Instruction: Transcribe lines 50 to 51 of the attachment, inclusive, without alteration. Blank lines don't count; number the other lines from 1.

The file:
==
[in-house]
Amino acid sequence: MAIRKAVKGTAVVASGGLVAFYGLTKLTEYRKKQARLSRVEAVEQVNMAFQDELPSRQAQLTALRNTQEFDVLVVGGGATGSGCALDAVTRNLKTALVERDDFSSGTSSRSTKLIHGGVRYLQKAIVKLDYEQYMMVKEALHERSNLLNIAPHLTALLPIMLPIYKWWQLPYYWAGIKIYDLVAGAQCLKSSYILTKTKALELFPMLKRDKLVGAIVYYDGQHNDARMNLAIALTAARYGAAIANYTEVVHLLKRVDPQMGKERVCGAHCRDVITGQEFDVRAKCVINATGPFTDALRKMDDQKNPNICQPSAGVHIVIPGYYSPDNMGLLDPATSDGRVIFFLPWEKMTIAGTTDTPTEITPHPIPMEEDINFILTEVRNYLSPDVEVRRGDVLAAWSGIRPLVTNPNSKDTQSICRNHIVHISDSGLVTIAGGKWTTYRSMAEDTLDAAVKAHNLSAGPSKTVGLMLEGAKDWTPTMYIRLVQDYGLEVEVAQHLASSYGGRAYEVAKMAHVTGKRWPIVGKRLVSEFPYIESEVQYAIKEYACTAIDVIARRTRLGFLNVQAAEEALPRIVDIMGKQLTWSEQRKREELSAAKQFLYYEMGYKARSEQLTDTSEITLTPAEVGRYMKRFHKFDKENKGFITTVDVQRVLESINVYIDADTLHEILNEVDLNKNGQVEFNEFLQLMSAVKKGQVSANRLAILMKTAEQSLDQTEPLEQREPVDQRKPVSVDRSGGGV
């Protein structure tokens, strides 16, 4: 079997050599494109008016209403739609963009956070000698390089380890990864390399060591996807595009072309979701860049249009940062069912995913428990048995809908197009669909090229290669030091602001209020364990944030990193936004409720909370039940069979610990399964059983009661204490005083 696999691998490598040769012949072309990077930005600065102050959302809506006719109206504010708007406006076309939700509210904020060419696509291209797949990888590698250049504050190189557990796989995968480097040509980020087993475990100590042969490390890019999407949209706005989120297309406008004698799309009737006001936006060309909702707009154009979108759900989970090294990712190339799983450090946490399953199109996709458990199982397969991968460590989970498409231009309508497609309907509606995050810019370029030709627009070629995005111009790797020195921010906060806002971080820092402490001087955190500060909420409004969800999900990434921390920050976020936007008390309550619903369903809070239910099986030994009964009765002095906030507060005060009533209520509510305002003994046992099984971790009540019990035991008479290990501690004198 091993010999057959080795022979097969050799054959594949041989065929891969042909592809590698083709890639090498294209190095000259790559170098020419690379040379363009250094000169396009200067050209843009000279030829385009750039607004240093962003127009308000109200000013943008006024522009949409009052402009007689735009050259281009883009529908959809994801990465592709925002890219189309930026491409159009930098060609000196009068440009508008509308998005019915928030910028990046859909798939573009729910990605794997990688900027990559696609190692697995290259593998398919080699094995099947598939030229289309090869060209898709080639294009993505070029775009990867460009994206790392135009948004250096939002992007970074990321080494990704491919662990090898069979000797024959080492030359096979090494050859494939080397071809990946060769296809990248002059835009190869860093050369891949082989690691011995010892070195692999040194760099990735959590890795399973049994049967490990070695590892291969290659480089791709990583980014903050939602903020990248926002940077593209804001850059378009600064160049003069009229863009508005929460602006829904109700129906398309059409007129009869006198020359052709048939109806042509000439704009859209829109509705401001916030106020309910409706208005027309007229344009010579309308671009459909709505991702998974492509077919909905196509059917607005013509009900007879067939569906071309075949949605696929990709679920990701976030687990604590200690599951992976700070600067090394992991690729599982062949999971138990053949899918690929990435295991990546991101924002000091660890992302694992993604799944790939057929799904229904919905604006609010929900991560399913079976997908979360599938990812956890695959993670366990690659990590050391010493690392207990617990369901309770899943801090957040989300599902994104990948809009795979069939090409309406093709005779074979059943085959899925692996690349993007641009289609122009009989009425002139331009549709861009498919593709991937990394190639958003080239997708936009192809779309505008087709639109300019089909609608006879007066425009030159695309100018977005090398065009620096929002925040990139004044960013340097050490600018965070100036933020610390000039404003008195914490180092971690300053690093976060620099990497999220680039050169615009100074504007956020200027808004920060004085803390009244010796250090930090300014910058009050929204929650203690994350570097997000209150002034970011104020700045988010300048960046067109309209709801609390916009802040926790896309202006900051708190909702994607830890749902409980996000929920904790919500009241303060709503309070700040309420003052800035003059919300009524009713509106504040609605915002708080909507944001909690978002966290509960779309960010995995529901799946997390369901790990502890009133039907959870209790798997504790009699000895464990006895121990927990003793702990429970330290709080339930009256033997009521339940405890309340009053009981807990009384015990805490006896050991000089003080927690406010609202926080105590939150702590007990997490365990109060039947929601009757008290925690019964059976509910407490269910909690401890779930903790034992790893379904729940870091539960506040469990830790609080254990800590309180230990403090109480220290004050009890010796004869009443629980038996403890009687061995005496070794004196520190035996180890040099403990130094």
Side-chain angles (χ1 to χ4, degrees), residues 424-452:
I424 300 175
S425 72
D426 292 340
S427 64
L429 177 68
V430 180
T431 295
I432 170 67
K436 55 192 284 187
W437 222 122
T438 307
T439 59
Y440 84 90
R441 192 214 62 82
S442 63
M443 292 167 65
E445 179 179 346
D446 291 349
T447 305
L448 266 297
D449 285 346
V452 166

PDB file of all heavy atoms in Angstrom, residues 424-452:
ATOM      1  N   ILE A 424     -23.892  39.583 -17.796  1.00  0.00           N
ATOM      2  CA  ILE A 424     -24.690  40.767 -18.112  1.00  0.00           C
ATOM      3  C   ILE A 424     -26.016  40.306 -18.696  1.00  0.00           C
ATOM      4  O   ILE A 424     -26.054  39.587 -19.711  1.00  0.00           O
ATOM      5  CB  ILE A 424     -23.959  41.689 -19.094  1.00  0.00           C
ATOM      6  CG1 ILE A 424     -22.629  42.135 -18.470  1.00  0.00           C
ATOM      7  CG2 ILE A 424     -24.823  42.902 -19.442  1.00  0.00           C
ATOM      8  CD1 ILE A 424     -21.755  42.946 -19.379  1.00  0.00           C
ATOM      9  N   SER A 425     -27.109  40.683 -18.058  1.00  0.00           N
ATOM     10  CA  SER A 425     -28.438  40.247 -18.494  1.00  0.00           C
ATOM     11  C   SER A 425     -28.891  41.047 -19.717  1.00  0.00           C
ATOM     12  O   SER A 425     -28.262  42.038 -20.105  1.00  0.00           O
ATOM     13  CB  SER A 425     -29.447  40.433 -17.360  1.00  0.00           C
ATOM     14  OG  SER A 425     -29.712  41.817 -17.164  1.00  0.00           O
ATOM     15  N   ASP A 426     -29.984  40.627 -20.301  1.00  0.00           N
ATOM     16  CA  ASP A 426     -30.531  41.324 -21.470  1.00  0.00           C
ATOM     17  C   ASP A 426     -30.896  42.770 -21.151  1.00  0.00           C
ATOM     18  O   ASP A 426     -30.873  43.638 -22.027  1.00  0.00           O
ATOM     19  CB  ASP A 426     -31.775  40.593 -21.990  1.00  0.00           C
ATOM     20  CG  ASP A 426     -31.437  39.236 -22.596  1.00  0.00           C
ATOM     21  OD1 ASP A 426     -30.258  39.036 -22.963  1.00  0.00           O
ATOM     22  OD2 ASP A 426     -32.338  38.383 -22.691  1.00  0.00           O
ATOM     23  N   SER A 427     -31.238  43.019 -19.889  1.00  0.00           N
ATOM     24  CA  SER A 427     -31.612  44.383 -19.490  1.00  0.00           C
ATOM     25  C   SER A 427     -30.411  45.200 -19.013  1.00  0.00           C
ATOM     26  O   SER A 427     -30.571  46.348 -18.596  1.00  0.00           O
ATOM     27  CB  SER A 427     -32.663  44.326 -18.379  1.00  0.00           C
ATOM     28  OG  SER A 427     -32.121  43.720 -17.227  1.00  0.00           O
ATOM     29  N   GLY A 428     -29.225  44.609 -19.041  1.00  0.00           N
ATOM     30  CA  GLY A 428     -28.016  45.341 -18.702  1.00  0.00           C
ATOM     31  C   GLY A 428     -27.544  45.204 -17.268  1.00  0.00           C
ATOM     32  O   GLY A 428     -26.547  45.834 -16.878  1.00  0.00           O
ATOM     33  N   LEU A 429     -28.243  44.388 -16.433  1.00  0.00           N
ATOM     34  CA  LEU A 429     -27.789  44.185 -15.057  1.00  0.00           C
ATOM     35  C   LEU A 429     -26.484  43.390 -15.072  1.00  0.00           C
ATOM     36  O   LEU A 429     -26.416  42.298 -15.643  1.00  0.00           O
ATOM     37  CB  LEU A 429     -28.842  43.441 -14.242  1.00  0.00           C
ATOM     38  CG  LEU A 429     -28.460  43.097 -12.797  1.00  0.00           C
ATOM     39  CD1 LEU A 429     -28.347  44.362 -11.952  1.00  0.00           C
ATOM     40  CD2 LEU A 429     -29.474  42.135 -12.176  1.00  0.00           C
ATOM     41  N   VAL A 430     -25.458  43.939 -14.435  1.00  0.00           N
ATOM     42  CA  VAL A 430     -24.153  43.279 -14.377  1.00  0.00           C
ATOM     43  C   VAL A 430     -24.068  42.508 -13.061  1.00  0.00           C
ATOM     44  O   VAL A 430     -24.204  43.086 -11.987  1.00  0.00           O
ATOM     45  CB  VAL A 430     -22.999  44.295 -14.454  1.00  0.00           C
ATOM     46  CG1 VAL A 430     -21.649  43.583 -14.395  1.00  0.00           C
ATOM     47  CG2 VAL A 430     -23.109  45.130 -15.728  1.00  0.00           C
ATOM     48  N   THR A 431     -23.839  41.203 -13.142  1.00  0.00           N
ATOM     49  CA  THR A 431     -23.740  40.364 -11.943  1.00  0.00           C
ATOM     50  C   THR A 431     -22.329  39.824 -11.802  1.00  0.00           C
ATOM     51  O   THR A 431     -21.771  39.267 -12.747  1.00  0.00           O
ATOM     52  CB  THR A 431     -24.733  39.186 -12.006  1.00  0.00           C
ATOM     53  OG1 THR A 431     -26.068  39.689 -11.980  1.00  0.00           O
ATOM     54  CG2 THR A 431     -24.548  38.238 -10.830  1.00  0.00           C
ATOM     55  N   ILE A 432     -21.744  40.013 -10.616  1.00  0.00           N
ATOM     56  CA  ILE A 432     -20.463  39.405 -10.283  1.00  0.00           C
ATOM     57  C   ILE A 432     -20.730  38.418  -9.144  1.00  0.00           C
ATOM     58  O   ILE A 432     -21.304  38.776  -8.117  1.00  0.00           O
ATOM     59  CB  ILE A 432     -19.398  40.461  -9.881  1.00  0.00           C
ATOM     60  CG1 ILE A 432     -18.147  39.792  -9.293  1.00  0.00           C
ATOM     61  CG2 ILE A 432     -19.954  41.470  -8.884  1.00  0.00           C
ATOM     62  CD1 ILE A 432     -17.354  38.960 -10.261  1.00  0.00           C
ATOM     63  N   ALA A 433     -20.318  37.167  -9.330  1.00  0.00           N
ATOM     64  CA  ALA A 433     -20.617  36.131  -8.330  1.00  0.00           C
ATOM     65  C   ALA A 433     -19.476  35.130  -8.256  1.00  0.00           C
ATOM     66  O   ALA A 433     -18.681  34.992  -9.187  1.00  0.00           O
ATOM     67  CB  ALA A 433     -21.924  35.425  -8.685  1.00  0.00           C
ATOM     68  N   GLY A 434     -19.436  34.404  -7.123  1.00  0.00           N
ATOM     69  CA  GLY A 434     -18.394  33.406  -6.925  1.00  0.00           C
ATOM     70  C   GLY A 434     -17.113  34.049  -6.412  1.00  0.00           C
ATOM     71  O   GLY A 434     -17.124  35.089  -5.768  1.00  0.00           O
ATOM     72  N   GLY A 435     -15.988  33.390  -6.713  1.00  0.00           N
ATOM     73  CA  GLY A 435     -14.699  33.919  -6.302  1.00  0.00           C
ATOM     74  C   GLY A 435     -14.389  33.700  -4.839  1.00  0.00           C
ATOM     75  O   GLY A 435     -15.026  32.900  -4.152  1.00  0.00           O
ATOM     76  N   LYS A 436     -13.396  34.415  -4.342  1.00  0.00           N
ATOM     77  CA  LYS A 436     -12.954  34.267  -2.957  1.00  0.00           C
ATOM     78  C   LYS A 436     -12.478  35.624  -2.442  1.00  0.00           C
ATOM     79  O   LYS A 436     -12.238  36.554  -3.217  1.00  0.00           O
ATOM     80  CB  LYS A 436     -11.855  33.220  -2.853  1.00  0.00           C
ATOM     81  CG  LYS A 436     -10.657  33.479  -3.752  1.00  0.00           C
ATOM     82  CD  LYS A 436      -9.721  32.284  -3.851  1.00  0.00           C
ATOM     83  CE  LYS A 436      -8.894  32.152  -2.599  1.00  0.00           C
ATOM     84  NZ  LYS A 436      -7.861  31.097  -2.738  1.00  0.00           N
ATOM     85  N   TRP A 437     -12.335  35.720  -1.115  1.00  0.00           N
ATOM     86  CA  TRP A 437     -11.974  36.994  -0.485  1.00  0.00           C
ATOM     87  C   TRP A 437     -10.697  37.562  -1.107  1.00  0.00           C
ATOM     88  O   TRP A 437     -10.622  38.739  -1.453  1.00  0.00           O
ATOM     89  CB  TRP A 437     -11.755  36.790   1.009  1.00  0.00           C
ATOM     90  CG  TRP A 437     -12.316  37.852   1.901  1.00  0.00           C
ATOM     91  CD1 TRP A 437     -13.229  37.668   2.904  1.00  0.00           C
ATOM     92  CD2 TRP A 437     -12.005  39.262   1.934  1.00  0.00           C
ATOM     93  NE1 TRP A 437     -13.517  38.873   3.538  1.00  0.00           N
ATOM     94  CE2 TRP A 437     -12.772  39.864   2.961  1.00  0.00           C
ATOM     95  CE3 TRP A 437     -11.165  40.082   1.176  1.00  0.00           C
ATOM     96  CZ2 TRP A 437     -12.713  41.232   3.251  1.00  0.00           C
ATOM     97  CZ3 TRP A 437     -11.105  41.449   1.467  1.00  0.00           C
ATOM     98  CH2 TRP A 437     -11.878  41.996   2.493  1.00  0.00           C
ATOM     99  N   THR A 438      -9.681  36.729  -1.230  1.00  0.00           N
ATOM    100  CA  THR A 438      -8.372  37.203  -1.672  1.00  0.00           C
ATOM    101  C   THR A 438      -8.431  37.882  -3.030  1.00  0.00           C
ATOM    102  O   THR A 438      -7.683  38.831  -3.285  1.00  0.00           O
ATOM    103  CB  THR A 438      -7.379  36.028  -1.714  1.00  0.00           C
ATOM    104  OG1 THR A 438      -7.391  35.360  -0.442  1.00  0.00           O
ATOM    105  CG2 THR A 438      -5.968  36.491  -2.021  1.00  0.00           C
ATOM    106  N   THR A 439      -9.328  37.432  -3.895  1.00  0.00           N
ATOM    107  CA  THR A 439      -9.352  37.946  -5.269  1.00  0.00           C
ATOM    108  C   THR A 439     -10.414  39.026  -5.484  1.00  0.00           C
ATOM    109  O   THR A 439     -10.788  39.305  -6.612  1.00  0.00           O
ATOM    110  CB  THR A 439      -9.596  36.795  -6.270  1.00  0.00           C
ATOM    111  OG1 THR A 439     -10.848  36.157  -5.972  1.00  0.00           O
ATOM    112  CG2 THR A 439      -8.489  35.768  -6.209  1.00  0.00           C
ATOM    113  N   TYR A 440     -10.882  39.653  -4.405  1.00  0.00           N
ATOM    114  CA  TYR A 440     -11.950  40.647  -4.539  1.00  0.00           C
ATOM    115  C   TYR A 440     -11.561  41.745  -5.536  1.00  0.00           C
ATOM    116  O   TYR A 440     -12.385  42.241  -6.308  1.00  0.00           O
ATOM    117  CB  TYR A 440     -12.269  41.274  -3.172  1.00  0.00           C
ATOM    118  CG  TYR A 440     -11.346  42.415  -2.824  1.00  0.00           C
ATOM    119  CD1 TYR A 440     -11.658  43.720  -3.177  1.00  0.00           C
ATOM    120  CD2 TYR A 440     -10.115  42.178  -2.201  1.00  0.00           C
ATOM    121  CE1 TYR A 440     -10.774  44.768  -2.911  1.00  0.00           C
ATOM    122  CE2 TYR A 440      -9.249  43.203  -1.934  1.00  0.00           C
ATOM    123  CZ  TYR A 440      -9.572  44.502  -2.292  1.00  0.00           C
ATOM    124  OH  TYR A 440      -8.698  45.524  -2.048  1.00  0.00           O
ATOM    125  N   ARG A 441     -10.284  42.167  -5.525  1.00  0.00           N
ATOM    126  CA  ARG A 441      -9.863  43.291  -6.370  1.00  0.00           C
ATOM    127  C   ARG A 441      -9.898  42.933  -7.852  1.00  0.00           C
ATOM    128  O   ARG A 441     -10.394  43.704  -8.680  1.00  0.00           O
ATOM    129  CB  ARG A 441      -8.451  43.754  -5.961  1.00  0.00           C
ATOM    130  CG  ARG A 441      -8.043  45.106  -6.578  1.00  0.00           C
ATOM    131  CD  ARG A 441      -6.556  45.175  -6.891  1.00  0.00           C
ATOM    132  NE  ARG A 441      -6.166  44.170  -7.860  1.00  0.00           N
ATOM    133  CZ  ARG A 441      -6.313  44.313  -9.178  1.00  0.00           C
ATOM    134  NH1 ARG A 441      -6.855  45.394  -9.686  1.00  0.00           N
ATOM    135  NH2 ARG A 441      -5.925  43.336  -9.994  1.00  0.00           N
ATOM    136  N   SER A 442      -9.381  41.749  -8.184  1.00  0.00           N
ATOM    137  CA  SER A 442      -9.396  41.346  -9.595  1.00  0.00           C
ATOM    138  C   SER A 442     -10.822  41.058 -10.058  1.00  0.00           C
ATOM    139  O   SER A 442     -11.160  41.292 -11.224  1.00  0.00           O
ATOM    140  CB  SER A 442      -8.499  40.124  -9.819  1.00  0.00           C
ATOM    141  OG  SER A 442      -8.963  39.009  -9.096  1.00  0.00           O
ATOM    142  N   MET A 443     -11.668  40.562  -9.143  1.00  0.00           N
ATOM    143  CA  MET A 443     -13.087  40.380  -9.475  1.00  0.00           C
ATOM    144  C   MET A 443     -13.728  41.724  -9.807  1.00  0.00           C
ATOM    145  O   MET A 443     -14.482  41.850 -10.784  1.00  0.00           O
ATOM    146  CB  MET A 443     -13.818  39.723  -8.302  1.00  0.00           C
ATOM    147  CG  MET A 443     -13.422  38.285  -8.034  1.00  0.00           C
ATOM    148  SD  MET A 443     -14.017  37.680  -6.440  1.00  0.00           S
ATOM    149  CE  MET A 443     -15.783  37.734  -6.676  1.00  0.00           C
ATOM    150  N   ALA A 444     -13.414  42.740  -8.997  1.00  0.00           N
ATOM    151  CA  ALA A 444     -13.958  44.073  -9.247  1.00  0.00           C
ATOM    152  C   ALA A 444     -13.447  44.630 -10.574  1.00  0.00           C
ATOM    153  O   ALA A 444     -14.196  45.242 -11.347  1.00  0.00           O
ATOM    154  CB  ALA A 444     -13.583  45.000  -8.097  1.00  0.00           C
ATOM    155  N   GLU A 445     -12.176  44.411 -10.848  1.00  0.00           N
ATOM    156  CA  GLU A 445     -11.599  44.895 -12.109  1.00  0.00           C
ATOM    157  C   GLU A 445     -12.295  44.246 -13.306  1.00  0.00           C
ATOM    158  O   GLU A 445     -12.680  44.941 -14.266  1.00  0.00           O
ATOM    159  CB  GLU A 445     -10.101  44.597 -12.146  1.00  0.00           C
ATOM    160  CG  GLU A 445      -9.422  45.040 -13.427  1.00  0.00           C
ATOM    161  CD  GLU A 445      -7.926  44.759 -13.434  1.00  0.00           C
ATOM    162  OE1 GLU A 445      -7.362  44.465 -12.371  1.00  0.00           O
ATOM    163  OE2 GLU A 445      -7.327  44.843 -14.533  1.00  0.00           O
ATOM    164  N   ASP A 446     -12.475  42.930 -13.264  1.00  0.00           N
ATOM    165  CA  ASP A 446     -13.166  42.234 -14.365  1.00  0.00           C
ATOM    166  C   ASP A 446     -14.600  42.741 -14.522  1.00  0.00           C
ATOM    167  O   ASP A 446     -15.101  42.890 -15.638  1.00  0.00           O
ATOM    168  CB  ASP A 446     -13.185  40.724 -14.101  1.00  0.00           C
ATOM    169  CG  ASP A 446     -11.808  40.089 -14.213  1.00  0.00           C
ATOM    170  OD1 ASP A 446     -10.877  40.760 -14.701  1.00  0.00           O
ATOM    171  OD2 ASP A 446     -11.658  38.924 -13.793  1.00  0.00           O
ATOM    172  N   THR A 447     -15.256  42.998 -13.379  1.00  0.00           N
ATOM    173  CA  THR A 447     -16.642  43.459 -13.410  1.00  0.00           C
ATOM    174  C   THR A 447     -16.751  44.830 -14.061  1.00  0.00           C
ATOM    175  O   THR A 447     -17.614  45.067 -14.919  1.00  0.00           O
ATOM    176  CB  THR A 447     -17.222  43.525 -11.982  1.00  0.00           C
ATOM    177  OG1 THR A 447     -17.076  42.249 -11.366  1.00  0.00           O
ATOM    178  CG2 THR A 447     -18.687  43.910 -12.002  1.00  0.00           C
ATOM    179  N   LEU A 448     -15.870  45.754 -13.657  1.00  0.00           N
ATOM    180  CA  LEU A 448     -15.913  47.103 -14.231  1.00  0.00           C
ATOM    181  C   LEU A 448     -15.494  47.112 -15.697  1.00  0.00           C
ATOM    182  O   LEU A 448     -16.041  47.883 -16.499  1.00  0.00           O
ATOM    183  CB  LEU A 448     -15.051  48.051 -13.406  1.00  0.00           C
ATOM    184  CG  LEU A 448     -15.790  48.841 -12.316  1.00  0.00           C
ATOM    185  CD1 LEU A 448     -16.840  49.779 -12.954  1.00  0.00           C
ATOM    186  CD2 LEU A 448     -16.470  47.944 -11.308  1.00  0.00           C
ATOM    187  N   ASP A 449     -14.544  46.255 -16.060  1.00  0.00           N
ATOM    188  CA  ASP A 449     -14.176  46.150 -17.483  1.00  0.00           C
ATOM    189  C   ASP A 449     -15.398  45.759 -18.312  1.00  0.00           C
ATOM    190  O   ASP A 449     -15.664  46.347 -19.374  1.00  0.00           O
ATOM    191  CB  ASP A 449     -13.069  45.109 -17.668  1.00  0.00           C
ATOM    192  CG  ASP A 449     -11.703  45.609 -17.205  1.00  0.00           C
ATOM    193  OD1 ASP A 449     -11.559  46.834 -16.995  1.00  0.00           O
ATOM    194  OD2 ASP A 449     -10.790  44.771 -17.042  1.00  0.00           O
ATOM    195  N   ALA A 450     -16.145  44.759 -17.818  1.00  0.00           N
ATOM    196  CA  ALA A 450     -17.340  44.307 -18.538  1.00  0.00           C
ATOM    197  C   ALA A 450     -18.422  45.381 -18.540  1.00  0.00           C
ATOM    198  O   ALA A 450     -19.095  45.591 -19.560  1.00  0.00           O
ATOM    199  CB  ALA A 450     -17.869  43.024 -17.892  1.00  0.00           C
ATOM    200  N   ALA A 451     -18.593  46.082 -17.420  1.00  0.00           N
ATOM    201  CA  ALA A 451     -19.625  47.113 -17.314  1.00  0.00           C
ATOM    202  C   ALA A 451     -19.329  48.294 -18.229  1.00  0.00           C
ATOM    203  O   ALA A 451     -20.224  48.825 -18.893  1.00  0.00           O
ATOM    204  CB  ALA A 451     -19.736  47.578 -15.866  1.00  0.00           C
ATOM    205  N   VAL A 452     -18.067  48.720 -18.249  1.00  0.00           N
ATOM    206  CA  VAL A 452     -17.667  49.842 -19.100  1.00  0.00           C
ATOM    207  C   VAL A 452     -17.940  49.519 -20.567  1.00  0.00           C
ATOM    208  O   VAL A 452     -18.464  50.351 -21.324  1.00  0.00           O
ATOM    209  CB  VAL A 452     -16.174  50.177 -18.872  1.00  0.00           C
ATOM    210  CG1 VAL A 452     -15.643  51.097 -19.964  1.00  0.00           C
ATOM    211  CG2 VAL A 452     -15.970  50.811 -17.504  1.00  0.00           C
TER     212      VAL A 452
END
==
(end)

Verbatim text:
ATOM     23  N   SER A 427     -31.238  43.019 -19.889  1.00  0.00           N
ATOM     24  CA  SER A 427     -31.612  44.383 -19.490  1.00  0.00           C